The temple has several separate areas and looks very unspectacular from the outside.
After entering the main gate, you can see the impressive complex on the right. Particularly outstanding is certainly the Ganesha statue on the left.
The highlight, however, is the beautiful small garden, which is located further back. Here, too, there is a shrine and various statues surrounded by a small artificial pond.
If you are interested in temples, the Gunung Sari temple is in my opinion a mandatory visit and a must-see! Also, totally away from any tourist mainstream.
04. Suranadi Temple
The Suranadi Temple is also one of the more unknown Balinese temples on Lombok. It is located in a forest area about 10 kilometers east of Mataram and about 5 kilometers northeast of Narmada Park. The Suranadi Temple is a very beautiful temple with a very special atmosphere.
Almost no tourists come here and you can visit the entire temple, depending on the time of day and the day of the week. Please note that the upper main area behind the stairs is not allowed to be entered by tourists (which is also the case with many other Balinese temples). Apart from that, you can go anywhere in the temple.
05. Gunung Pengsong Temple
The Gunung Pengsong is a small mountain, about 10 kilometers south of the center of Mataram. On the summit there is also a small Hindu temple (Gunung Pengsong Temple), which is not really spectacular, to be honest.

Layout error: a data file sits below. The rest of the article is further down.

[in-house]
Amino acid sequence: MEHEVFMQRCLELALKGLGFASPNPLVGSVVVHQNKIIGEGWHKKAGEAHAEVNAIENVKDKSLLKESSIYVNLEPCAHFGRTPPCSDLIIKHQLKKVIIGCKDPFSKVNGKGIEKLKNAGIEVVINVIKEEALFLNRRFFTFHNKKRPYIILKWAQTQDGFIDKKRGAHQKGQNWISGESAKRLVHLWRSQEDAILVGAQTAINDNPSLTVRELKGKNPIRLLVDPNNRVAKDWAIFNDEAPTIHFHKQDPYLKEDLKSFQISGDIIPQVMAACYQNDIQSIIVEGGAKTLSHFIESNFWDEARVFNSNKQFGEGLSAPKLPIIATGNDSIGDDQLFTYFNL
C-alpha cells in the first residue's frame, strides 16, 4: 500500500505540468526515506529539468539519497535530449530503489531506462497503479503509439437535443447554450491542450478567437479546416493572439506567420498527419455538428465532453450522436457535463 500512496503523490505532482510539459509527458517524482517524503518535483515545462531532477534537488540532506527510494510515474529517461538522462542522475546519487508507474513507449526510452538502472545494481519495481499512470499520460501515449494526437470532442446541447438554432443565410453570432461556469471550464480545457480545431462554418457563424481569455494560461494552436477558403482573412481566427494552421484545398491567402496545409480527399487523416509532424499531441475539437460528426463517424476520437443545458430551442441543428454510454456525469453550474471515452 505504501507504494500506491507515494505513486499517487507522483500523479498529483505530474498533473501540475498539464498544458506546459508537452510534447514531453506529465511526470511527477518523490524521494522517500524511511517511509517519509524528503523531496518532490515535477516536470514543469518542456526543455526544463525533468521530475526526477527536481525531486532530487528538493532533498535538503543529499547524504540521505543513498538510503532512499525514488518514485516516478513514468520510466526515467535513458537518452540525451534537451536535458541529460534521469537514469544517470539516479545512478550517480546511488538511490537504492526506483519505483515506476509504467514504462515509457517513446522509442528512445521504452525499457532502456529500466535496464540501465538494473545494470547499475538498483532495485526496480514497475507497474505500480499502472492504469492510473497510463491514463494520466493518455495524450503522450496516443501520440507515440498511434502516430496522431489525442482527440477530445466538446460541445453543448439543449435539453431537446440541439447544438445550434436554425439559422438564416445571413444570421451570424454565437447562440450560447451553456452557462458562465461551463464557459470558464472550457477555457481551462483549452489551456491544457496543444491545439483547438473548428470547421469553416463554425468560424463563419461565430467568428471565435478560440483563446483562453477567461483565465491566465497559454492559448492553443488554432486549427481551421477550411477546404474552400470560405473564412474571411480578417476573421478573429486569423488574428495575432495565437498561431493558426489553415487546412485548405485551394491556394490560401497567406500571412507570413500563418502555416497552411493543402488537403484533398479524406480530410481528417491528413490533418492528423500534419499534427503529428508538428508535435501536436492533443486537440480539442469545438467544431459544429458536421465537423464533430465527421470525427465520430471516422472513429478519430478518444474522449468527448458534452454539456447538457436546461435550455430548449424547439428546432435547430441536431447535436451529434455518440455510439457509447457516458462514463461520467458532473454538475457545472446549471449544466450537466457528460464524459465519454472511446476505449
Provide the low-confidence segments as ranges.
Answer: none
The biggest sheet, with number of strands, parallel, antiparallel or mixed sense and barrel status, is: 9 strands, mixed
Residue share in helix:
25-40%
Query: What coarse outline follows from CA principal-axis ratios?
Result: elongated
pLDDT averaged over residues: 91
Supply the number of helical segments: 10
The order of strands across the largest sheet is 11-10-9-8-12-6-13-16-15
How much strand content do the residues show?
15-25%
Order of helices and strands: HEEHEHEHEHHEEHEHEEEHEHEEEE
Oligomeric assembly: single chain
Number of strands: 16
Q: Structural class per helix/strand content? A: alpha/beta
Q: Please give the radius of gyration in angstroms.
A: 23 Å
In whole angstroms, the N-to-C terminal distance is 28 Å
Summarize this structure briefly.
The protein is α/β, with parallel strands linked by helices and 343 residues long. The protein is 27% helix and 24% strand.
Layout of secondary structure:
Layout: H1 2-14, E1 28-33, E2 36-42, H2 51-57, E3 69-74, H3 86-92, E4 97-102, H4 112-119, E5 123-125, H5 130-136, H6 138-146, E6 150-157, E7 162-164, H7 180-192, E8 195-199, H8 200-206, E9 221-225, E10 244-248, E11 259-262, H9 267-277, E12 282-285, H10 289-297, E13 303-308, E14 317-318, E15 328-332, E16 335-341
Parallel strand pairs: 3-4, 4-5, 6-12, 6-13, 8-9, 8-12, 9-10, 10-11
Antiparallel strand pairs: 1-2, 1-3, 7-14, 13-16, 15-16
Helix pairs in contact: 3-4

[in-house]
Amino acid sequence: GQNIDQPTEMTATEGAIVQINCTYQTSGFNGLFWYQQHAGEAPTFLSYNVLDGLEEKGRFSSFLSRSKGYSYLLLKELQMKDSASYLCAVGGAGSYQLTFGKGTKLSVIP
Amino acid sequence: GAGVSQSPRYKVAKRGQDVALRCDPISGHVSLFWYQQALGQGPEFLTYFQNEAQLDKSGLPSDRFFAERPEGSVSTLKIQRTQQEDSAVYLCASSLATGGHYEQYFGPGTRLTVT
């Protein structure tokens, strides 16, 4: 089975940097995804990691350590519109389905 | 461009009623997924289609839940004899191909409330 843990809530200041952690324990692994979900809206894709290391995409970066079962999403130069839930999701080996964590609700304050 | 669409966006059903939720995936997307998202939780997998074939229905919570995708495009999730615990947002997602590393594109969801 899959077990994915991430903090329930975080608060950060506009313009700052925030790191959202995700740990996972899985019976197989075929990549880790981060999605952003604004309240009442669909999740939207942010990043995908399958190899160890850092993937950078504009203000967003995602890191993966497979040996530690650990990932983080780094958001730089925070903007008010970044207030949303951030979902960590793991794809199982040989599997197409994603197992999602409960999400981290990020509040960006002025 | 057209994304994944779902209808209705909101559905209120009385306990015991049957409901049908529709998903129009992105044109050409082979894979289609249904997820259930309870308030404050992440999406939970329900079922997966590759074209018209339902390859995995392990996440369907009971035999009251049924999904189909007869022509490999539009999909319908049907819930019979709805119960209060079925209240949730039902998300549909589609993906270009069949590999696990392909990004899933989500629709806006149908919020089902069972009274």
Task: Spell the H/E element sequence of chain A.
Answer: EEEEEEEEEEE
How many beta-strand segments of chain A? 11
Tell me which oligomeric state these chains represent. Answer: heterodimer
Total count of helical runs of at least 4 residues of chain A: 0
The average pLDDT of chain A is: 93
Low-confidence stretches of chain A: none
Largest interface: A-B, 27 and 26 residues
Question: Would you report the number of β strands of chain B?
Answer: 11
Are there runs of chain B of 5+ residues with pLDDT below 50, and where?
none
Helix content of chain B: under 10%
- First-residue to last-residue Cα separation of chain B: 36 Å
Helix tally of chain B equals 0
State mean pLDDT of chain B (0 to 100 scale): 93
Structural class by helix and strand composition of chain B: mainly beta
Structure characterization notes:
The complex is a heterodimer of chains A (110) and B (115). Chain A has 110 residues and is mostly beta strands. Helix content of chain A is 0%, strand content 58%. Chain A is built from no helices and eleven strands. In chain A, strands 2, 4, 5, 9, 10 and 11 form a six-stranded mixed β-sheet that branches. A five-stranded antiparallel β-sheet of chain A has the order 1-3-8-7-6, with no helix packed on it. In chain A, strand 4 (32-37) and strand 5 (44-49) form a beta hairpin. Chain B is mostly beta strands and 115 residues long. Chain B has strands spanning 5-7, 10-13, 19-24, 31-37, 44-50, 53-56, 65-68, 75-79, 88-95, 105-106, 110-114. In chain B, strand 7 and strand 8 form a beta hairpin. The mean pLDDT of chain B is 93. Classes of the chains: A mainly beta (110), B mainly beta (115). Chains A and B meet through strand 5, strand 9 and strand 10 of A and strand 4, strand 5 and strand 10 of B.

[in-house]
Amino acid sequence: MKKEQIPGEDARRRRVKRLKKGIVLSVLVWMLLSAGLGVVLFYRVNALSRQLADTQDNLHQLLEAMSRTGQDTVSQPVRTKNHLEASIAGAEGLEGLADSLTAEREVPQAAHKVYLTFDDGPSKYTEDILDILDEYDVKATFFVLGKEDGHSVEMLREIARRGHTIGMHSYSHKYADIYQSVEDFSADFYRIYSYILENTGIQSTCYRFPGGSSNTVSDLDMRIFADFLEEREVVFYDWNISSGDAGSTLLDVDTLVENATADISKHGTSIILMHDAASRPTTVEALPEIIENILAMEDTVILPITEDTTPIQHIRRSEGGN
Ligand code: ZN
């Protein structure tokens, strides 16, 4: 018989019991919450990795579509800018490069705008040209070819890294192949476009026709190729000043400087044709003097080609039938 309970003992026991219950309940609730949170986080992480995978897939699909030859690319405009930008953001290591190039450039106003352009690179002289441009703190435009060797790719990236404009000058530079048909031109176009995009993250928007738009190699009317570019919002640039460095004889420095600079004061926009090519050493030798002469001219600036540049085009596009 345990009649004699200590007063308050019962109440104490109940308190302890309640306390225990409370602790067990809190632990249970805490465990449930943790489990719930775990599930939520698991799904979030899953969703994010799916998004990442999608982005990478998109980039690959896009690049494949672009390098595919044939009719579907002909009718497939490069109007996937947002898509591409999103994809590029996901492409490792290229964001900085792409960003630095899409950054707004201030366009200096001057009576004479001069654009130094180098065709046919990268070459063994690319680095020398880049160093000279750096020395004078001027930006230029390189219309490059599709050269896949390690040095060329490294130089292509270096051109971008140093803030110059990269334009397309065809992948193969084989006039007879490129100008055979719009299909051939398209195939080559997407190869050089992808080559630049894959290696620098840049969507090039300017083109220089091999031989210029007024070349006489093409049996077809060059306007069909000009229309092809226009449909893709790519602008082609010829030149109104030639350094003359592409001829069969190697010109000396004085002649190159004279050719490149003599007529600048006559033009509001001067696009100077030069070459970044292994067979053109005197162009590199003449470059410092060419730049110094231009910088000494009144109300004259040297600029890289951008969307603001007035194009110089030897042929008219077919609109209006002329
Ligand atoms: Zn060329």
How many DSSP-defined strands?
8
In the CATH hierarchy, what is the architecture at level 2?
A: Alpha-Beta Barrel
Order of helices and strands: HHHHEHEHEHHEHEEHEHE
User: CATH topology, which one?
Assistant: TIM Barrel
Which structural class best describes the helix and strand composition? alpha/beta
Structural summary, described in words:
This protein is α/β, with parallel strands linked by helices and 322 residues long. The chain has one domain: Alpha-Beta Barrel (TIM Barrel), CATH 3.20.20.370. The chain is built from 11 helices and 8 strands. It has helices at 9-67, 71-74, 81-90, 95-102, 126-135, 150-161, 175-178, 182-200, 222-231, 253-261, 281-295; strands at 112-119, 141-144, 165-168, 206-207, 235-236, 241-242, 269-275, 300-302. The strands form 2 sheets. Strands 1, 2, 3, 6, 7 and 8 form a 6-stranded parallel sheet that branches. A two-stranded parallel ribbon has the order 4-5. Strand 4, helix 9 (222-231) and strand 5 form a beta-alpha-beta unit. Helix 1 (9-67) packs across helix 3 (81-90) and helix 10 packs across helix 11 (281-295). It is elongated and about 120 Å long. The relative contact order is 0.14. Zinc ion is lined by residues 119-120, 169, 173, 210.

But the special thing is the outlook on the west coast of Lombok, Sekotong, Mataram and some parts of Senggigi. When the sky is clear, you can also admire a beautiful mountain panorama. In front of the stairs to the summit, you will meet a few wild and playful monkeys.
06. Meru Temple
The Meru Temple is one of the most famous temples on Lombok and it is located in the Cakranegara district (“Cakra”), a place with many Balinese inhabitants and influences. It was built in 1720 for the Hindu gods Brahma, Vishnu and Shiva.
The three pagoda-like wooden towers (= Merus), which stand for the trinity of these gods, are remarkable. These Merus have 11 or 9 roofs, depending on the God to whom they are dedicated. In addition, the 3 Merus are allocated to the holy volcanoes Rinjani on Lombok, Agung on Bali and Bromo on Java. Around the large Merus there are still more than 30 smaller shrines, which are also very rustically made of wood.
Across from the Meru Temple is also the Mayura Water Palace, a large garden with an artificial lake in the middle.
07. Batu Bolong Temple
The Batu Bolong Temple is located just before Senggigi and you can see it already if you come from the airport or the port in Lembar. It is one of the water temples of Lombok.
The temple itself is not the most spectacular one, but still worth a visit if you are already in Senggigi. What makes it special is a small cave, which leads to another beach (“Batu Bolong” means by the way as much as “pierced stone”).
Please note: For almost all temples you will need a temple sash or Sarong, sometimes both. As good as always you can borrow these at the temple entrance free of charge. As in Bali, there is a guestbook in the temples where you need to register. You can also make a voluntary donation. In my opinion, 10,000 – 20,000 Rupiah should be sufficient, but only as a small reference point.
For some temples, a guide will ask to accompany you, but it is not always necessary. In some cases (for example in the Lingsar Temple) a guide is highly recommended as he can tell you some exciting details. The payment or the tip is also voluntary here. It may also make sense to negotiate the price beforehand so that there are no misunderstandings and unpleasant situations.